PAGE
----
UK Politics

General election polls in 2015 'the most inaccurate'

Ballot box at polling station Image copyright PA

Opinion polls before the 2015 election were among the most inaccurate since surveying began more than 70 years ago, an industry-wide review has suggested.

Research for the British Polling Council followed the widespread failure to predict May's majority Tory win.

Surveys did not accurately sample the UK population, and over-represented Labour voters, it says.

The BPC has recommended a series of changes, saying pollsters may wish to randomly select participants in future.

It says "probability sampling" may be a more accurate way of gauging voters' intentions than the current practice of recruiting people in advance to take part on the basis of their likely voting habits.

'Surprise win'

The majority of polls taken during the five-week general election campaign indicated the Conservatives and Labour, led by David Cameron and Ed Miliband respectively, were neck-and-neck.

This led to speculation that Labour could be the largest party in a hung parliament and could potentially have to rely on SNP support to govern.

However the Conservatives secured an overall majority for the first time since 1992, winning 99 more seats than Labour, their 6.5% margin of victory taking nearly all commentators by surprise.

Image caption The Conservatives' 331 seats saw David Cameron back in Downing Street

The BPC, which represents the major survey bodies and issued an interim report into the findings in January, says the Tory win was not foreseen due to "systemic" errors.

'Not poll bashing'

The inquiry said unrepresentative sampling was the primary cause for the polling failures.

It cited the over-representation of Labour voters and under-representation of Tories, with Conservative voters apparently being harder to reach.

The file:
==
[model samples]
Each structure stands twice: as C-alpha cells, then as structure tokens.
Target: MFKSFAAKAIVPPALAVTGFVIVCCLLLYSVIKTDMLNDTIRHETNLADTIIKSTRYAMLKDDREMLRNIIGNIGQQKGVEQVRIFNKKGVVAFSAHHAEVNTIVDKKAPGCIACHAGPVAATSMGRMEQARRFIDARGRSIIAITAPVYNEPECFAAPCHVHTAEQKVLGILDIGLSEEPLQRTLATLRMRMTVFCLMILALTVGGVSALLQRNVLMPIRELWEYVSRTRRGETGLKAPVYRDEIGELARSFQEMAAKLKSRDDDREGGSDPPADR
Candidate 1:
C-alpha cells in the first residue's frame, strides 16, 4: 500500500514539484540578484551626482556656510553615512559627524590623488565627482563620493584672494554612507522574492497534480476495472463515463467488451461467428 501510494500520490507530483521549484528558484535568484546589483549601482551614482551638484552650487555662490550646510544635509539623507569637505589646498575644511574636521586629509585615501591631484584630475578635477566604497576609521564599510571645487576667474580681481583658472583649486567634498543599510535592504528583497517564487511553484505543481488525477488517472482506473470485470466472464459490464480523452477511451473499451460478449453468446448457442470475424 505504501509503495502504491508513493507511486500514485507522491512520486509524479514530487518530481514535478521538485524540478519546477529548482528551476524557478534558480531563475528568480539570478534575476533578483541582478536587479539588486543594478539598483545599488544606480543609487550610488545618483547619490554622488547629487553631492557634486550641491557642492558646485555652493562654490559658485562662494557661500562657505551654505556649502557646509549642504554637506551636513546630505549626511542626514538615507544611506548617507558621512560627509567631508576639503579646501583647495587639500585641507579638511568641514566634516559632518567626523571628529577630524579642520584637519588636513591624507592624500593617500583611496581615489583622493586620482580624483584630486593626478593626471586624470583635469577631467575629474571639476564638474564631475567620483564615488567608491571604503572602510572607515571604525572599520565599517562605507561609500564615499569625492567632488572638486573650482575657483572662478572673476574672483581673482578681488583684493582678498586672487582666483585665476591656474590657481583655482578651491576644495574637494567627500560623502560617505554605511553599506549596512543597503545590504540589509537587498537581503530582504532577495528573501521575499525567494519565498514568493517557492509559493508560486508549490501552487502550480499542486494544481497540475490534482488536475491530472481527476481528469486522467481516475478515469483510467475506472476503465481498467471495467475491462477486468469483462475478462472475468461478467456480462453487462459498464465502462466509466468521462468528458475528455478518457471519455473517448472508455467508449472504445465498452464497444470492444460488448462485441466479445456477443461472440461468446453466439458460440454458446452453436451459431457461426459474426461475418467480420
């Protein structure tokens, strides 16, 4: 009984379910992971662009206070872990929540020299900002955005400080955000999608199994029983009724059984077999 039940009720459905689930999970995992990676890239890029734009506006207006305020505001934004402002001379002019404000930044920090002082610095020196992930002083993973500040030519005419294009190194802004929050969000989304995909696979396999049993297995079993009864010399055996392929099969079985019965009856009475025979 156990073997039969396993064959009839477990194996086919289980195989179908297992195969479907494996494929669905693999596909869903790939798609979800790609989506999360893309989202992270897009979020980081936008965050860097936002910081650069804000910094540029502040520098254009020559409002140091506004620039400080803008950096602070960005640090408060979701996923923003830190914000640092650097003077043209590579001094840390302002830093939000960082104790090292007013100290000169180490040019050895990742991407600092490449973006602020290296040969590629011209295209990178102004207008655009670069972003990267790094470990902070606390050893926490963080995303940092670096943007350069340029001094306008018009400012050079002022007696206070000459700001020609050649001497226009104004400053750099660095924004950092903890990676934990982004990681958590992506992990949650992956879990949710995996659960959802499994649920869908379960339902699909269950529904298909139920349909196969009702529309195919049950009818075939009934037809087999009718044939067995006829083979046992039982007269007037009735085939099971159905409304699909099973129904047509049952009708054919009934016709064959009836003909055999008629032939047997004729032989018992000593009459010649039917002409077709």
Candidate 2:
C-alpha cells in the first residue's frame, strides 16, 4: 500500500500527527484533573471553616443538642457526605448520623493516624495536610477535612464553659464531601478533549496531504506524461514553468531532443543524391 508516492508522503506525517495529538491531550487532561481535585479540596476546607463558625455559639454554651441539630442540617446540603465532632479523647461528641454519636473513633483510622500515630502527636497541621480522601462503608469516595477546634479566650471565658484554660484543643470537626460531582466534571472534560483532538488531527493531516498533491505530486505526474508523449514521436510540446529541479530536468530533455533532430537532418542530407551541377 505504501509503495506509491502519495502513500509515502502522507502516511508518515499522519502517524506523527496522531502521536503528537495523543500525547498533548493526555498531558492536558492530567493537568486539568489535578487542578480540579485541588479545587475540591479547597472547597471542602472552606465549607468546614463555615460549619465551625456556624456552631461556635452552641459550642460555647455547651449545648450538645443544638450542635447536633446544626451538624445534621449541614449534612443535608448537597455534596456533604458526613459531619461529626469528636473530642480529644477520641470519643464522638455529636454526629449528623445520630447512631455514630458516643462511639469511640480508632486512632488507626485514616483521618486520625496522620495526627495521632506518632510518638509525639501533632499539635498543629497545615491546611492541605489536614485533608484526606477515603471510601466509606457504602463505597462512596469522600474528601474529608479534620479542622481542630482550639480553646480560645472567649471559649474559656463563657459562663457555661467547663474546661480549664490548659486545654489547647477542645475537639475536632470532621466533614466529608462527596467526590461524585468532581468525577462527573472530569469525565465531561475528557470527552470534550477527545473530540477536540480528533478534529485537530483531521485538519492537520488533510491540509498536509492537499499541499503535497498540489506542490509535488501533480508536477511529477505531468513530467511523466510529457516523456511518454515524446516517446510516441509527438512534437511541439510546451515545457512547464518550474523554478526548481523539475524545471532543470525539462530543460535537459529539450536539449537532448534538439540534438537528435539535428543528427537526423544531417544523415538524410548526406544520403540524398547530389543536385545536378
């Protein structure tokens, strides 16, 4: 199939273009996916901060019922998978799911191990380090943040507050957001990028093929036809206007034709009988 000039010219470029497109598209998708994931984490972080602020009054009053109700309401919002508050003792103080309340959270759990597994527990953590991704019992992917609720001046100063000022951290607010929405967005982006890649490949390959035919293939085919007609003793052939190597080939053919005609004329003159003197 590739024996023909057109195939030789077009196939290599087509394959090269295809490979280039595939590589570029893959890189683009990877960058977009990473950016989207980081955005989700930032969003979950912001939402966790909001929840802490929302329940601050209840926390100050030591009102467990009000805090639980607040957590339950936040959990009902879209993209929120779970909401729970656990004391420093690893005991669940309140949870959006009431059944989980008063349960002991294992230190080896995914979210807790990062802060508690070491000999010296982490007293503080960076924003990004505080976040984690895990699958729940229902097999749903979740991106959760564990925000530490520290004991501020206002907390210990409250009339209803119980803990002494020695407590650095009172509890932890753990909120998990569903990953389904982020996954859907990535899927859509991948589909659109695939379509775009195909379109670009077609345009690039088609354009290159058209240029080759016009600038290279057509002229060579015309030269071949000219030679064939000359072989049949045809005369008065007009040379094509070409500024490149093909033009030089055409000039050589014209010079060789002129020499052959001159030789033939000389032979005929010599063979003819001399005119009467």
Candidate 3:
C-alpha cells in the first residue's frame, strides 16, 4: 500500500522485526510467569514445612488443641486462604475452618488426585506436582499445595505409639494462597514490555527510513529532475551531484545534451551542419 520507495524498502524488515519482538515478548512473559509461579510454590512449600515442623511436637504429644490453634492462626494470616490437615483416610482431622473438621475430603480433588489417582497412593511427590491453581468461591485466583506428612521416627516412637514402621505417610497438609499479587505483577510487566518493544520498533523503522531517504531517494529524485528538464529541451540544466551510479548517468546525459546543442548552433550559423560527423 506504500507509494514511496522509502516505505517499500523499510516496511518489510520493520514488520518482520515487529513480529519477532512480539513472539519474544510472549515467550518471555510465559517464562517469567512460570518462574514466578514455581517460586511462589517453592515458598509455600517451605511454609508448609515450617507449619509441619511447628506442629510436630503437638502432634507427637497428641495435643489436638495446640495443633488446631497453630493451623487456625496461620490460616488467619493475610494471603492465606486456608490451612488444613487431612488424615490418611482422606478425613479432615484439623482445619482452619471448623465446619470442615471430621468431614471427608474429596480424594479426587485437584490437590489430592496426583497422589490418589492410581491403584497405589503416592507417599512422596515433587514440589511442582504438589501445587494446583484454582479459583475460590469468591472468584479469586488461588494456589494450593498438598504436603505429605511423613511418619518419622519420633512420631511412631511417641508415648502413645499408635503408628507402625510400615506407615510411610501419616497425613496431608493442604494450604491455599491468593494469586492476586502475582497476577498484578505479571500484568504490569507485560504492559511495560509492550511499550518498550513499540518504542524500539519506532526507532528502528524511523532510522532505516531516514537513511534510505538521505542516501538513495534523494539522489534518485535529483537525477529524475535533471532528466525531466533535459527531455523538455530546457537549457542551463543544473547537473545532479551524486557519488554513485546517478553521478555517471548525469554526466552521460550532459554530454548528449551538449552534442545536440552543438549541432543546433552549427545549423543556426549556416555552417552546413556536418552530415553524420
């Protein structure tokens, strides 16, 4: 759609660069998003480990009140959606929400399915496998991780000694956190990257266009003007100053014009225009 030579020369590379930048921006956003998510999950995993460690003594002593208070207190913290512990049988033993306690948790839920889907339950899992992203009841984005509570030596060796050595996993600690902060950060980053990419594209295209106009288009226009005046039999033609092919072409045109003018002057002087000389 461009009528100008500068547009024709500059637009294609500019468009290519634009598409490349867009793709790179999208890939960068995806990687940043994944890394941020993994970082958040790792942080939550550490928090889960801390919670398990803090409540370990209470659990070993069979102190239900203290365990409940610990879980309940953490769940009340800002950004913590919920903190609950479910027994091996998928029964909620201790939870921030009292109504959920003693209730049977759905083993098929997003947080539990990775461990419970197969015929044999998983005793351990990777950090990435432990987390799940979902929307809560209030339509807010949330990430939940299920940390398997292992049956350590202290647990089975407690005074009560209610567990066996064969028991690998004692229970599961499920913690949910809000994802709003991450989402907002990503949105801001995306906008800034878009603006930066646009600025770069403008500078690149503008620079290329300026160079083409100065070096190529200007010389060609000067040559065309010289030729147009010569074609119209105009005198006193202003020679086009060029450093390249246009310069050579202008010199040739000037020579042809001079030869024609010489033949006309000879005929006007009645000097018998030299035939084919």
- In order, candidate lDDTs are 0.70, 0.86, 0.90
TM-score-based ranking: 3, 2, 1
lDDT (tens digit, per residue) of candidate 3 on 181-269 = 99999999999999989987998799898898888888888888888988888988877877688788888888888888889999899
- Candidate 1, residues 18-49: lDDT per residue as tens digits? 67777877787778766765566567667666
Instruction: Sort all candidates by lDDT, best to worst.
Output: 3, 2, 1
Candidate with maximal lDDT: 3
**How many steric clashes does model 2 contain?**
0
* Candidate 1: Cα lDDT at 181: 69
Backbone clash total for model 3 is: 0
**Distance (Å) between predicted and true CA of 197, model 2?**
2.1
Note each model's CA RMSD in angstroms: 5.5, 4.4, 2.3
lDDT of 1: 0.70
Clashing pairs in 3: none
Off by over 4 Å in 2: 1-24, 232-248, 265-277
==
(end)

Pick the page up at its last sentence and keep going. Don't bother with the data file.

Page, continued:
There was, it added, an over-reliance on more willing survey respondents and said that too few elderly people being polled could have also played a part.

It also said an inaccurate expectation of a hung parliament may have influenced the result of the election itself.

The report makes 12 recommendations to the way polls are conducted in future.

These include a call for measures to be taken to make sure samples are more representative, and a review into the way in which "don't know" voters are allocated in the results.

It says BPC members should state clearly which variables were used to weight data and detail the adjustments made in between polls.

BPC president John Curtice said the organisation will look to implement the report's recommendations on transparency but cannot compel members to comply with following a specific type of methodology.

But he said the BPC will issue a report ahead of the general election in 2020 detailing how companies have changed their sampling and weighting procedures.

"The BPC recognises that simply saying 'well okay, it's all fine, everybody go off and do their own thing' may not be thought of as an adequate response to what happened in 2015," Prof Curtice said.

Southampton University professor of research methodology Patrick Sturgis, who chaired the research for the BPC, said the report should not be used to "bash the polls".

He said "we still think that the polls are really the only show in town for forecasting election results".

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